Unfortunately, unexpected accidents can happen and your tooth can get knocked out.
The most common situation in which you may knock your teeth out is playing contact sports and accidents. Other common circumstances where you can knock your teeth out or fracture the teeth are skateboarding, falling over, car accidents, bicycle accidents and trampoline falls.
- Both adult teeth and baby teeth can get knocked out. Upper front teeth are more likely to get knocked out than back teeth.
- For very severe accidents, the tooth will be completely dislodged from its socket, and we might not be able to save it. If it can’t be saved, the options will be dental implants, dental bridges or dentures.
- If the tooth is fractured without any damage to the underlying structures, a dental crown or porcelain veneer can be placed.
- In some instances, you will fracture the underlying bone and cut your lip and gum tissue. We can check the bone fractures in the x-ray films.
- The nerve may also become infected as result of the accident. In these instances, if you want to save the tooth, root canal treatment is advised.
- We firmly believe that prevention is better than a cure. Fluoride treatment will make the teeth strong. It won’t prevent your teeth fracturing but may minimise the severity.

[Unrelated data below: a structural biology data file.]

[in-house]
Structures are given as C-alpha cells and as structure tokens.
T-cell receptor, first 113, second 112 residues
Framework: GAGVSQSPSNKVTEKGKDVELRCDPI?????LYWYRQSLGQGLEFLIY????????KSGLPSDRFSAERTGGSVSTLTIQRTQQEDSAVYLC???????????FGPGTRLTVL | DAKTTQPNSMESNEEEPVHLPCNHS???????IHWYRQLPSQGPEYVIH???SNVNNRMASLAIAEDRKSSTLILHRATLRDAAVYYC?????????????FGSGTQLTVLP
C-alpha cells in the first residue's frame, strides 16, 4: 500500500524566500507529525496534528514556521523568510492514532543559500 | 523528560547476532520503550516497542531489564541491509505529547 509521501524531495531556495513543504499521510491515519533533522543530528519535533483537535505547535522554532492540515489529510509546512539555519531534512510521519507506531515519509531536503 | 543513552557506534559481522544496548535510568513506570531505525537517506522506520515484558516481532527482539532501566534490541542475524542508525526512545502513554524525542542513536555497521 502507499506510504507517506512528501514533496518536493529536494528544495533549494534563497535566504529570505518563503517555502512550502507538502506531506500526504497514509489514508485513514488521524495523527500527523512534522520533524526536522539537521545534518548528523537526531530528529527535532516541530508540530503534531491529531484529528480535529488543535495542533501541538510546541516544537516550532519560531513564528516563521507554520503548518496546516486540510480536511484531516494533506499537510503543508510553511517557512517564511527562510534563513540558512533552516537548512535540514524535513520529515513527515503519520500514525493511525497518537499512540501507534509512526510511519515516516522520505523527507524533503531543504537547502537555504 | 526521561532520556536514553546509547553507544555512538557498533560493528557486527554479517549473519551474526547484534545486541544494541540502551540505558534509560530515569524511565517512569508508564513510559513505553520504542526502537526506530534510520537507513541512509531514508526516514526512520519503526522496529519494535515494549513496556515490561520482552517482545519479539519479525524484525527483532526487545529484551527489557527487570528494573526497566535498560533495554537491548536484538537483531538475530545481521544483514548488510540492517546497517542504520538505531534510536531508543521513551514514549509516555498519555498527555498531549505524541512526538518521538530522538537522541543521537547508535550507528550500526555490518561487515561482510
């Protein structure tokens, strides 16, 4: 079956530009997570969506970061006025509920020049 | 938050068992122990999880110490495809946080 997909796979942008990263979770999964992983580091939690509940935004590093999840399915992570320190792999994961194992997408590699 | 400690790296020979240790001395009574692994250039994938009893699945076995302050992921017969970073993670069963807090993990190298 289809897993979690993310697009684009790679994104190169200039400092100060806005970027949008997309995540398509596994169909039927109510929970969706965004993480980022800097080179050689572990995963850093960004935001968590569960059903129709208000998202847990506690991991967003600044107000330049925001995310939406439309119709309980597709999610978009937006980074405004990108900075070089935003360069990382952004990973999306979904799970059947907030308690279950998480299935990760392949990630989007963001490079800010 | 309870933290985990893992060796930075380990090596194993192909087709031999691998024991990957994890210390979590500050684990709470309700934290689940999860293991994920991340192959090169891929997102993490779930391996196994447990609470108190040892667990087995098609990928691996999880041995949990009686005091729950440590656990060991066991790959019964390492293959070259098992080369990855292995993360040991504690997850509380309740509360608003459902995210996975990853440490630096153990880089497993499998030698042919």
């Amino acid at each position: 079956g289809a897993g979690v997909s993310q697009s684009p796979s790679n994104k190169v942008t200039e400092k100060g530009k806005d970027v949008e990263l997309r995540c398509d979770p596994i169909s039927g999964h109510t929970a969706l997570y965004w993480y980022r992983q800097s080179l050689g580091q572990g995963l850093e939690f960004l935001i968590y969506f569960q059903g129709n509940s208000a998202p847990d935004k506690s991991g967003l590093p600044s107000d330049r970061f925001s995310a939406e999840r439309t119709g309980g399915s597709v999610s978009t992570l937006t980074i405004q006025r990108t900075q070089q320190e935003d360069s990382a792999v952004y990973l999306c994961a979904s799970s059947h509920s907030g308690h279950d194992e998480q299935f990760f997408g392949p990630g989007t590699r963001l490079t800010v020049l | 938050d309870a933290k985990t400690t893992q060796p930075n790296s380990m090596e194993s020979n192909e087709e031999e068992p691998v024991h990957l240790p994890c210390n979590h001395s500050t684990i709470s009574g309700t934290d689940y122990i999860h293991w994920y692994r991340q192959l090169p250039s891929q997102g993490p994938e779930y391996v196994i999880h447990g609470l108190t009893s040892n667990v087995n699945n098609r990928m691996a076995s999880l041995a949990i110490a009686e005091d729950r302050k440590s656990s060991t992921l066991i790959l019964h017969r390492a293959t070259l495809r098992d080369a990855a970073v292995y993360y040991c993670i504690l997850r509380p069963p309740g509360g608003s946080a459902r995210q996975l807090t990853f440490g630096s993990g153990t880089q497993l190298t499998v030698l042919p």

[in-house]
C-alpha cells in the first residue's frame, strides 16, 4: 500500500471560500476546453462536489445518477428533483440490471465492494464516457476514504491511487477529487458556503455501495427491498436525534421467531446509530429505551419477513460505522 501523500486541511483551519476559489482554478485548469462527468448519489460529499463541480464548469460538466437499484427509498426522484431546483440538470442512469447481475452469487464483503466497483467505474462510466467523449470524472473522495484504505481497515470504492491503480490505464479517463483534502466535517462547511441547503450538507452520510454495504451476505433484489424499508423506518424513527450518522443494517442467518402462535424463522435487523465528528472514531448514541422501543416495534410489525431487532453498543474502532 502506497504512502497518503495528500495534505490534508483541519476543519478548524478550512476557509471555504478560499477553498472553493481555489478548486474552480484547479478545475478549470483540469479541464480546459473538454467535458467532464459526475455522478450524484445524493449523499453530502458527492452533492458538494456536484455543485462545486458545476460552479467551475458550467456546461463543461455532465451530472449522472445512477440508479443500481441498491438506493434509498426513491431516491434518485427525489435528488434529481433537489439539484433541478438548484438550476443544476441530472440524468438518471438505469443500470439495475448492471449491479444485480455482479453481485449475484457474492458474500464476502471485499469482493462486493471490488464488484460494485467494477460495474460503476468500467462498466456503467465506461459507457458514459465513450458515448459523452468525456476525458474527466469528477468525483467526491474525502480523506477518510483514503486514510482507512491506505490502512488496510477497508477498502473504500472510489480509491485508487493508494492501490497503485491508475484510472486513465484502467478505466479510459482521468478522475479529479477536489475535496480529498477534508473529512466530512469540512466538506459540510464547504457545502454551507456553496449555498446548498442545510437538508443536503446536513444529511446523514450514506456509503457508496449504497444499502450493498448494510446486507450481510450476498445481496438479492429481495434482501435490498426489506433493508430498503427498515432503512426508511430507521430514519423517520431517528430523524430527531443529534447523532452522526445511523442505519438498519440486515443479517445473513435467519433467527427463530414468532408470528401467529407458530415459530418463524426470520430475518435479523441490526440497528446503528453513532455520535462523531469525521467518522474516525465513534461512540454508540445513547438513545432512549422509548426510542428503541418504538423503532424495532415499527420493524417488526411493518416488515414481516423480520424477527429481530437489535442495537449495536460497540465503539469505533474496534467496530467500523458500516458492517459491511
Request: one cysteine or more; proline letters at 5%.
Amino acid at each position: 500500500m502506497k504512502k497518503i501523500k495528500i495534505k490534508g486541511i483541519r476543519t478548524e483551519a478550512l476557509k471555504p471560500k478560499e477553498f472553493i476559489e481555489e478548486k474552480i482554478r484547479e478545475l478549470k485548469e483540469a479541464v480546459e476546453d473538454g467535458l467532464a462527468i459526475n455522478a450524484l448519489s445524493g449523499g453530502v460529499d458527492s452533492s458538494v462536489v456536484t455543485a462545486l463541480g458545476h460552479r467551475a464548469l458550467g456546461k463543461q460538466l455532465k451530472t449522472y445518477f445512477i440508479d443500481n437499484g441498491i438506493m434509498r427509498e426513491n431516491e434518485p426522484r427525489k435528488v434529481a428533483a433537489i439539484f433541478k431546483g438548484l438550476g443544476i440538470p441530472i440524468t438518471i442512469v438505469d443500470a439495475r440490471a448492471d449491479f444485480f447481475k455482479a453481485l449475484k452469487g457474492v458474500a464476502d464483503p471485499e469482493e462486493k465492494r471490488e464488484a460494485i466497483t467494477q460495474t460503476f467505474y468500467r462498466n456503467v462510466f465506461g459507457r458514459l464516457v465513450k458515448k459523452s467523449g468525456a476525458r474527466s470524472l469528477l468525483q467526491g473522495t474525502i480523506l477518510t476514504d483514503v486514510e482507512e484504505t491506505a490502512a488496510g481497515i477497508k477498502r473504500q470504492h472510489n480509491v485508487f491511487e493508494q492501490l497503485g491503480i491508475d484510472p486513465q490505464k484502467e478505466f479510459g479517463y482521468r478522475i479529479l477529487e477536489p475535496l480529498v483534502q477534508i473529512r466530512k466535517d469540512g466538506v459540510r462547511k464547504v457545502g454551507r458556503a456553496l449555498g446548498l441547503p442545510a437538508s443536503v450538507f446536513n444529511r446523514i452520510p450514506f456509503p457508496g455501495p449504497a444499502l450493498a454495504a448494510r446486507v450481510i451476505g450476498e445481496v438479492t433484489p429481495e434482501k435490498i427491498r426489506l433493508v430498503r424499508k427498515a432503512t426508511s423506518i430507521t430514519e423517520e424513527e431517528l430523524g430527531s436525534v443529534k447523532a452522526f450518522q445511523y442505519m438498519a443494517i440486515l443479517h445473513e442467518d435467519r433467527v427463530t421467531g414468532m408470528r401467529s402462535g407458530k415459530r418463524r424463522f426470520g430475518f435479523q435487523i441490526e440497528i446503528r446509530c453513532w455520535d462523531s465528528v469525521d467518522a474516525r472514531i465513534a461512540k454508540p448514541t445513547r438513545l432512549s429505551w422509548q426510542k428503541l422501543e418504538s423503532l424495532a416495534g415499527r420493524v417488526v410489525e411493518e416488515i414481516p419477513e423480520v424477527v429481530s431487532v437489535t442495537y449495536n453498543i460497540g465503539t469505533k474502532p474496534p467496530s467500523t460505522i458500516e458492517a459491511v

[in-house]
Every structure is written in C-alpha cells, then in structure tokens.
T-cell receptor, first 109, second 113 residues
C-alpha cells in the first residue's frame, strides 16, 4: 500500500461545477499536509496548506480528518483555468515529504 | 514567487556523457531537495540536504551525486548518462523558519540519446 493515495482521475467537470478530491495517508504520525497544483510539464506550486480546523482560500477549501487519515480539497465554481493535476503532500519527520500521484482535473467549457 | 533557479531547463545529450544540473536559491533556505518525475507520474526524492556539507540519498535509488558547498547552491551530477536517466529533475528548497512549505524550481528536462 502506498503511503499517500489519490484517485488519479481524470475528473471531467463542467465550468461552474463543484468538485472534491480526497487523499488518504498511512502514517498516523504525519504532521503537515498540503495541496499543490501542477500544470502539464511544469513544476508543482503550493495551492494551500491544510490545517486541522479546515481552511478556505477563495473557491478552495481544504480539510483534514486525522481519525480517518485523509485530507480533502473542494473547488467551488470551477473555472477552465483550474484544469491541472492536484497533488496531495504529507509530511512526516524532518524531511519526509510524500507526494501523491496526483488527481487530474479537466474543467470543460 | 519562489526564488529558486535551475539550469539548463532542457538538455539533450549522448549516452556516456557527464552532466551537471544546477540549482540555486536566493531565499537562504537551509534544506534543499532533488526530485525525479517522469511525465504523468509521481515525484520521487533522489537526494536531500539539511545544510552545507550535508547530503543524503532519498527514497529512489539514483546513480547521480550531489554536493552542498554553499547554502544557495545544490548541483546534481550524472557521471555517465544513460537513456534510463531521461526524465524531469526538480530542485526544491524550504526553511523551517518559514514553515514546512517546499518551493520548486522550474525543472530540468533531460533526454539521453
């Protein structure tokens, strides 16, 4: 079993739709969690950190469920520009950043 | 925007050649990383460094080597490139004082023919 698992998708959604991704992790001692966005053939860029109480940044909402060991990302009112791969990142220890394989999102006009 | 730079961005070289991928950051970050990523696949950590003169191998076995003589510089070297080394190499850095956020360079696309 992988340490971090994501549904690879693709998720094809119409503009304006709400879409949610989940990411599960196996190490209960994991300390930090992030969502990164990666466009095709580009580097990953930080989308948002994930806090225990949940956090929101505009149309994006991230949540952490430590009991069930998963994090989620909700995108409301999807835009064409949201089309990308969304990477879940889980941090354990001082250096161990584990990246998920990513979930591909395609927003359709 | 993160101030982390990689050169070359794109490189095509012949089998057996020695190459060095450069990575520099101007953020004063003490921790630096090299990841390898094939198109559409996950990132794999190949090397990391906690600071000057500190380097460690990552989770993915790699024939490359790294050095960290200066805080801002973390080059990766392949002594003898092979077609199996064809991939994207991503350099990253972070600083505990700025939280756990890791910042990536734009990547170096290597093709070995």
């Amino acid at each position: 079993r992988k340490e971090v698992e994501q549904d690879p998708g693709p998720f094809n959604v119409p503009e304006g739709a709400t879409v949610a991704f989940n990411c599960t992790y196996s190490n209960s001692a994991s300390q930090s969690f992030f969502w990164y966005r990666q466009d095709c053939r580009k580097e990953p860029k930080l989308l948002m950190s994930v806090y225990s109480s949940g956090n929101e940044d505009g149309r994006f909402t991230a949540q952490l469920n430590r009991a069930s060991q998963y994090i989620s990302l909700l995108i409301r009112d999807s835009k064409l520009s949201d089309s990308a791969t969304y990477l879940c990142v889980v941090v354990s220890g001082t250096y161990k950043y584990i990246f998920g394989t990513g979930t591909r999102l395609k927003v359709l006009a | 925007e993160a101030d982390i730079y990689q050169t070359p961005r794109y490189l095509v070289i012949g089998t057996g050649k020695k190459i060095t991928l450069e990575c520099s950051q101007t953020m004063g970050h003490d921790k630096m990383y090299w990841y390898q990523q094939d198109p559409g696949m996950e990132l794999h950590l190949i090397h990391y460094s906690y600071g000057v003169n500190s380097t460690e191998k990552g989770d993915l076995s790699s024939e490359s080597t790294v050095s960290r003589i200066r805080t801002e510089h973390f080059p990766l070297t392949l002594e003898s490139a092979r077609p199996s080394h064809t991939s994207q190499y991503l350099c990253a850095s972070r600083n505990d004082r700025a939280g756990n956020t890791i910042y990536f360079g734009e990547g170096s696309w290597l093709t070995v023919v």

- Our dentists strongly recommend wearing a custom-made mouth guard when participating in any contact sports. Wearing a custom-made mouth guard will protect your teeth and minimise the potential damage.
- If the tooth is knocked out, it is important to see an emergency dentist as soon as possible for further treatment.
What to do if the tooth is knocked out?
follow these steps:
- Remain calm.
- Pick it up, touching it by the crown only. The crown section is the smooth white part or chewing surface you see in the mouth.
- DO NOT hold or touch the root.
- If the root is clean, place the tooth back into the socket in the mouth in its original position. Do this as soon as possible and gently bite down on a gauze or handkerchief.
- If the tooth or root is dirty, rinse it with one of the following:
1. Saline solution (this is ideal)
3. Water – rinse only for a couple of seconds and DO NOT scrub the root section.
- Place the tooth back into the socket in its original position as soon as possible and then gently bite down on a gauze or handkerchief.
- You should ideally do this procedure within 30 minutes. If you do this correctly, this will increase the chances of it surviving.
- If the tooth cannot be placed in its socket, keep it moist all the times by either placing it in your mouth next to the cheek or placing it in a clean, moist and sealed plastic bag. Do not place it in water.
- Time is crucial so if your tooth has been knocked out, see your dentist or an emergency dentist as soon as possible for further treatment.
What immediate steps sould I take, when the tooth is knocked out?
- Keep the tooth moist at all times
- DO NOT clean it with tap water.
- DO NOT clean it water for more than a few seconds.
- DO NOT scrub it clean.
- DO NOT dry it.
- DO NOT use soap or any chemicals.
- DO NOT put it in ice or ice water.
- DO NOT wrap it in tissue or cloth.
- DO NOT hold or touch the root section.